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Folks can usually anticipate what kind of show they’re in for when they decide to go to a live concert. After all, they’re most likely fans of the band they’re buying tickets for.
That logic, however, does not apply to a Hank 3 show.
Shelton Hank Williams aka Hank 3 gave spectators an up-close experience Tuesday night in Albuquerque. He’s no stranger to the Sunshine Theater and seems to play there at least once a year.
The venue is small and intimate, which can be good or bad, depending on how many people are packed into it. For some shows, it’s standing room only, but for this show, there were a few tables and bar stools scattered about. The stools really came in handy, considering Hank 3 put on a three-hour performance.
The music preceding the show was a mixed bag, ranging from death metal to two-steppin’ country songs. That should have been an indication of what to expect of the concert.
It was like being in one of those honkytonks you see in movies. The bar area is separated by Plexiglas walls. Speakers, along with equipment packed the small stage. The crowd was rowdy and the only thing missing was the thick cigarette smoke that tends to choke the air whenever you see them in films.
The band fit the bill, too. Hank 3 graced the stage, complete with cowboy hat, as did his banjo player, while his band members played fiddle and steel guitar, which are also synonymous with honkytonks and country music.
There was no opening band. Instead, promptly at 8 p.m., Hank 3 and his band Attention Deficit Domination took the stage and after a few words about how good it was to be back in Albuquerque, they broke into song. Hank 3’s country-twang boomed through the sound system, filling the small theater at a deafening volume.
At first, a few people crowded the floor, vying for a spot closest to the stage, but once the music started, the crowd swelled until there was hardly room to maneuver. Nonetheless, people still found a way to break into mosh pits during the upbeat songs, while a couple two-stepped in the corner.
The concertgoers were as varied as the preliminary music. Some were young, some were old. Some wore punk-style clothing, some wore cowboy attire, but they all had one thing in common: they were in store for one heckuva show.
Though he’s experimented with Cajun sounds on his newest albums, Hank 3 played none of those during the show. Instead, he played older stuff, ranging from “Rebel Within,” and “P.F.F.,” to “Gettin’ Drunk and Fallin’ Down” and “Six Pack of Beer.” That’s not to say that none of the new stuff was played. “Trooper’s Hollar” from “Ghost to a Ghost/Guttertown” seemed to be a crowd favorite. They also played material from “3 Bar Ranch Cattle Callin.”
The show was a series of ups and downs. The group would play an upbeat, toe-tapping song that would get the crowd going and slamming into each other in mosh pits, then just as quickly as it started, they would slow down the pace and play a slow, country-infused song that resulted in the mosh pits turning into slow dances.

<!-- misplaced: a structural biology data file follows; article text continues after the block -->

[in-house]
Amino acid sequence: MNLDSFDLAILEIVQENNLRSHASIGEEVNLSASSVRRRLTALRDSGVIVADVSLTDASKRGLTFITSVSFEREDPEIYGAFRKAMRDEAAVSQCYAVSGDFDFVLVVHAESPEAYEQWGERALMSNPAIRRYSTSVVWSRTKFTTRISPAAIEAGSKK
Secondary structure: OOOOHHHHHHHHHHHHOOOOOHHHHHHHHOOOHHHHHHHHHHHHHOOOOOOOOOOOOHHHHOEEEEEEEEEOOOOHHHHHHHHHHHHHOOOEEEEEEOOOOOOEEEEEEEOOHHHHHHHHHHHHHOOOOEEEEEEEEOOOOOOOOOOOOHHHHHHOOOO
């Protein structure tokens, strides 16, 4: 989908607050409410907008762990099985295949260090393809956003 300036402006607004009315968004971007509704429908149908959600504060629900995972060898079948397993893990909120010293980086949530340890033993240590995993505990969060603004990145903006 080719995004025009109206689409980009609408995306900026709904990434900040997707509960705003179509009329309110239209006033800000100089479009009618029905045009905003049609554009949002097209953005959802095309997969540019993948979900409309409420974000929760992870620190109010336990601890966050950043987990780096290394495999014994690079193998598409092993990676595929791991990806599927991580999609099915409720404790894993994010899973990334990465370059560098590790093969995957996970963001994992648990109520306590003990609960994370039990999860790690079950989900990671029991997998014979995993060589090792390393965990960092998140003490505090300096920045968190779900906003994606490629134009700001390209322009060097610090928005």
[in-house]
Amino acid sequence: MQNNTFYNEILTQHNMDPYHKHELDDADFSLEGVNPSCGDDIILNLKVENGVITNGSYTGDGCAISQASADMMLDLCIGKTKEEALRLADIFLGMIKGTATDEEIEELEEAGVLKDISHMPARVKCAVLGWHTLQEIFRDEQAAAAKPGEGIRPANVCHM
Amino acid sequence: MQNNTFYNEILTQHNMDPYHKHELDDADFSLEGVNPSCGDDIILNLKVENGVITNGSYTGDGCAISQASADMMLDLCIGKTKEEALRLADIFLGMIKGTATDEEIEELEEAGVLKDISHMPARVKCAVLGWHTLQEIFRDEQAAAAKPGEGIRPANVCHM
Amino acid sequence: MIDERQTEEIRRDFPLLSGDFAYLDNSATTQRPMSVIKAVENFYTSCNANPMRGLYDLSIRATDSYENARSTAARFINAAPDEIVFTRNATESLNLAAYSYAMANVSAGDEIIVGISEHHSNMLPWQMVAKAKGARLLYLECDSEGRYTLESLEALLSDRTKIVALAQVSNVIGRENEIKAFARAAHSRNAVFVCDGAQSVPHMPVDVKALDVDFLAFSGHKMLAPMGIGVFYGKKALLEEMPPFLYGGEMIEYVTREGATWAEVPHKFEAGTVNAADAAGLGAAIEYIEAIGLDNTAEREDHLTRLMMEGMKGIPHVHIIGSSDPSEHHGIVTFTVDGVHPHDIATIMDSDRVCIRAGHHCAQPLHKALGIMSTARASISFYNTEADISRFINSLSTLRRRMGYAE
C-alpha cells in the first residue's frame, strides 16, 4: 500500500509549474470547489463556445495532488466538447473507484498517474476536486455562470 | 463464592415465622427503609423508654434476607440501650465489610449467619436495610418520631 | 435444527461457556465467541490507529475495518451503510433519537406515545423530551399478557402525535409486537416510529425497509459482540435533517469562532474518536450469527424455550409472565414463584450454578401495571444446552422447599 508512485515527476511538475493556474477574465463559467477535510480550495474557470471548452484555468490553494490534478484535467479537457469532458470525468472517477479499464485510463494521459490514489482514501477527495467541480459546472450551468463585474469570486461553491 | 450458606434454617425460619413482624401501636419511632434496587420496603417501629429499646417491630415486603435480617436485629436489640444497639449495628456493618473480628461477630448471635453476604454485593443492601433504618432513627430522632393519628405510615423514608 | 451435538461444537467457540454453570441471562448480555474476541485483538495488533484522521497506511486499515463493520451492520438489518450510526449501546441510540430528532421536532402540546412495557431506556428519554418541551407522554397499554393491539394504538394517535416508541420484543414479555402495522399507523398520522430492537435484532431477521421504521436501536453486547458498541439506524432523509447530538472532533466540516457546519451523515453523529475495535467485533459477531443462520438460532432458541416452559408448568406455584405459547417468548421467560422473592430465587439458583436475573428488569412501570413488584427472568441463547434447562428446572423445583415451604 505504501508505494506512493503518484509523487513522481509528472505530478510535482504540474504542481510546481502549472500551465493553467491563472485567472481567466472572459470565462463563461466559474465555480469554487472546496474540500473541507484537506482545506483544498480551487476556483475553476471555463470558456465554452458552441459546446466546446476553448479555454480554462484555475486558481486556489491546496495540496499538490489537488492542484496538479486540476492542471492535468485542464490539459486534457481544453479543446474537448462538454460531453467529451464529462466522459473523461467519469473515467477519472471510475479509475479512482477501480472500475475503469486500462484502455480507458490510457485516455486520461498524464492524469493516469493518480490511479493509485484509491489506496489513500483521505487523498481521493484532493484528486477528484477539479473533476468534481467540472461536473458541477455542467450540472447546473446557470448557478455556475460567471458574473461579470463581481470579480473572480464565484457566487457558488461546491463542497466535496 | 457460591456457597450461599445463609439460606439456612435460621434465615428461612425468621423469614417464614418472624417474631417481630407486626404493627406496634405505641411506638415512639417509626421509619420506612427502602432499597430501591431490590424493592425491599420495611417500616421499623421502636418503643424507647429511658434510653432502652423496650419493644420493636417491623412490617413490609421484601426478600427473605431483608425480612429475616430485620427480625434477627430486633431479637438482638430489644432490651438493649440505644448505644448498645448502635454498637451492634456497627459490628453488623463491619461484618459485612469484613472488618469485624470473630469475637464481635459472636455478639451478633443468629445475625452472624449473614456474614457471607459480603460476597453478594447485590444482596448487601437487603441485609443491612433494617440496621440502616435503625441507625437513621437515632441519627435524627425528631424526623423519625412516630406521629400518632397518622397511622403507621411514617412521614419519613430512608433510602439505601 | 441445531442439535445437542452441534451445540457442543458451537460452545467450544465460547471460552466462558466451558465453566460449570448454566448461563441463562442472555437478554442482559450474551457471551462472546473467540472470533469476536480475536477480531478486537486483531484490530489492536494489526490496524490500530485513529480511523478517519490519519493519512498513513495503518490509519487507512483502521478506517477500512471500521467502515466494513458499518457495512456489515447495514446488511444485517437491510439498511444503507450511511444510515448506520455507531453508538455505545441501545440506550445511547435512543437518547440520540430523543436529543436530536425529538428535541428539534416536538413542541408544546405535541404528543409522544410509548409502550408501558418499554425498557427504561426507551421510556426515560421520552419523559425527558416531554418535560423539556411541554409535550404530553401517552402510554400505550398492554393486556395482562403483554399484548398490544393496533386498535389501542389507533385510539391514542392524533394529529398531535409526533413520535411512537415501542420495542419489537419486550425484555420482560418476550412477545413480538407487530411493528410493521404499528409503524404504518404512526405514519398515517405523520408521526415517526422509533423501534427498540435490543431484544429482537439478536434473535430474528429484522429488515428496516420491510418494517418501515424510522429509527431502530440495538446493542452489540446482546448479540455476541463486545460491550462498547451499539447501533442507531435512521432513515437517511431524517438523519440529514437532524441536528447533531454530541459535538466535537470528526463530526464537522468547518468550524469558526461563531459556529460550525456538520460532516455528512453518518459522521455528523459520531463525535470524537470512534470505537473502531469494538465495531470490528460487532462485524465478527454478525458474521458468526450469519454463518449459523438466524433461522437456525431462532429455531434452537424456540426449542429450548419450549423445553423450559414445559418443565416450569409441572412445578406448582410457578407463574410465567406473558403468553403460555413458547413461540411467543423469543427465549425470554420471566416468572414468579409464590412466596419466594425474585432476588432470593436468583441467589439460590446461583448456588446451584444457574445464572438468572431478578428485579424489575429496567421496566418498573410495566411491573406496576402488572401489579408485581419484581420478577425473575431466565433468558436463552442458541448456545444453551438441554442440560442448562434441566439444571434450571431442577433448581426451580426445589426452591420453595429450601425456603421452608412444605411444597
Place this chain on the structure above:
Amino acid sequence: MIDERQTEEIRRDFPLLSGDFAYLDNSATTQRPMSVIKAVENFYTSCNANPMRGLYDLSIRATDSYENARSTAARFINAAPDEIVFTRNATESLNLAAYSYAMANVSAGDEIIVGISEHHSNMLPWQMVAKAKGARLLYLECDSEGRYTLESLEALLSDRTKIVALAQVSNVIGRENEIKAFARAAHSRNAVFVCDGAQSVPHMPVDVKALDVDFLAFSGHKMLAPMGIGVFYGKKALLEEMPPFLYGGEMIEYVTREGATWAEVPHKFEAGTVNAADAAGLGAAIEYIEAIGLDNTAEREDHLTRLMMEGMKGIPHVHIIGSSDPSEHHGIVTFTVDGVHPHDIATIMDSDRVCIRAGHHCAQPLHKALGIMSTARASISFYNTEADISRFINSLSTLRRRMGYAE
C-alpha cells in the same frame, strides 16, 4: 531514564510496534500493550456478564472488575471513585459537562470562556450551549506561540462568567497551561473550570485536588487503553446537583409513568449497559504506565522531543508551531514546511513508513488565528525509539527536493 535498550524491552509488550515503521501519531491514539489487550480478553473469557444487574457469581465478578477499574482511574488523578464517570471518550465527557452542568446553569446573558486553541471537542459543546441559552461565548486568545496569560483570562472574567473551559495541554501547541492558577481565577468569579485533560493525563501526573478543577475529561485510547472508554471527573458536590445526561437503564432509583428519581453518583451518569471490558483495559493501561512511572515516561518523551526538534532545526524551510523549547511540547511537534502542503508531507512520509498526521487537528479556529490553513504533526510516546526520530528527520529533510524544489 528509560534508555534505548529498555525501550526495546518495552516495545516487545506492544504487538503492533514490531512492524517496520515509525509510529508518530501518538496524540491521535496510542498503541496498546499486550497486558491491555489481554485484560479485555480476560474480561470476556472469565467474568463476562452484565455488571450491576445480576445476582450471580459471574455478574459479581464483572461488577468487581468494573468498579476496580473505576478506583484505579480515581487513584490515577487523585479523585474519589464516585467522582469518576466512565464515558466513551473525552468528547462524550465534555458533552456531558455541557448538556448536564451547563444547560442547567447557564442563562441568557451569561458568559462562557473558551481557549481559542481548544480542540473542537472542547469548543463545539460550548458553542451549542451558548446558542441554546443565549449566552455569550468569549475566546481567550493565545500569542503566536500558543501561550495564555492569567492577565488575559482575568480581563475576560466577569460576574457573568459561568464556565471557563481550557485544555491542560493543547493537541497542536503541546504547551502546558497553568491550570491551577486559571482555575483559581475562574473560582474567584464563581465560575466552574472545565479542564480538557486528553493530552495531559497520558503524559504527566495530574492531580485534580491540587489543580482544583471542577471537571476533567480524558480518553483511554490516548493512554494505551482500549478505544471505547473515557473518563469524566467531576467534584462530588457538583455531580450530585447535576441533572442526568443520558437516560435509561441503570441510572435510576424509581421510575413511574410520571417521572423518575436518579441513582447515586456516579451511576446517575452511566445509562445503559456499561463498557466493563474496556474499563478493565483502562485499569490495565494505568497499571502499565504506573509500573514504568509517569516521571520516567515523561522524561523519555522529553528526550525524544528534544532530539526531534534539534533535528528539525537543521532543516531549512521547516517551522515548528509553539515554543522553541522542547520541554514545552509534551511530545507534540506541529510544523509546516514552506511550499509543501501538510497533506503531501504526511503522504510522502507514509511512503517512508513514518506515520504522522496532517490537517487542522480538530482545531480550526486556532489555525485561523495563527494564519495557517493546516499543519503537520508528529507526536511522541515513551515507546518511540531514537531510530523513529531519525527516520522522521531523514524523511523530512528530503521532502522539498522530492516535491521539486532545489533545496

For two hours, it was like taking a ride on a hellbilly rollercoaster, but the crowd didn’t seem to mind. Hank 3 and ADD played for two hours straight, seemingly feeding off the crowd’s energy. Some of the songs rolled into one another, with no break in play, while others clearly ended before another began.
All went well until around 10 p.m., that’s when things got a bit strange. The music stopped and a screen rolled out above the stage. Suddenly, words began to flash across the screen, warning of Earth’s impending doom. After a quick on-stage costume change, Hank 3 let his hair down and traded his acoustic guitar for an electric version and began playing ominous music to accompany the images.
Various scenes flickered across the screen, ranging from World War II shots to B-movie clips. Verbiage also flashed on the screen, some of it offering a bit of U.S. history, while some of it seemed to be quotes from B-movie trailers. After about 20 minutes of this weirdness, one began to wonder when it would end. And just when you thought the political propaganda and movie clips were over, Hank 3, (later accompanied by his drummer), began to pick up the tempo.
All things considered, the show was one of the best this concertgoer has seen. The band was engaged and seemed like they really wanted to be there and entertain the crowd. There were no primadonna attitudes. The band came on when they were supposed to, played consistently and definitely gave the crowd their ticket’s worth — and then some.
And even when a Confederate flag was thrown on stage and landed on Hank 3 in the middle of a song, he shrugged it off and kept playing, never missing a beat. Now that’s a true professional. At other concerts, that could have incited the lead singer to jump off the stage and pummel the flag-thrower, resulting in the concert coming to a screeching halt.
At 11:15 p.m., they were still going, but about half of the crowd had already left. As concertgoers left the venue, the band could still be heard playing their doom rock.
Only the few that remained until the bitter end know how the show came to a close.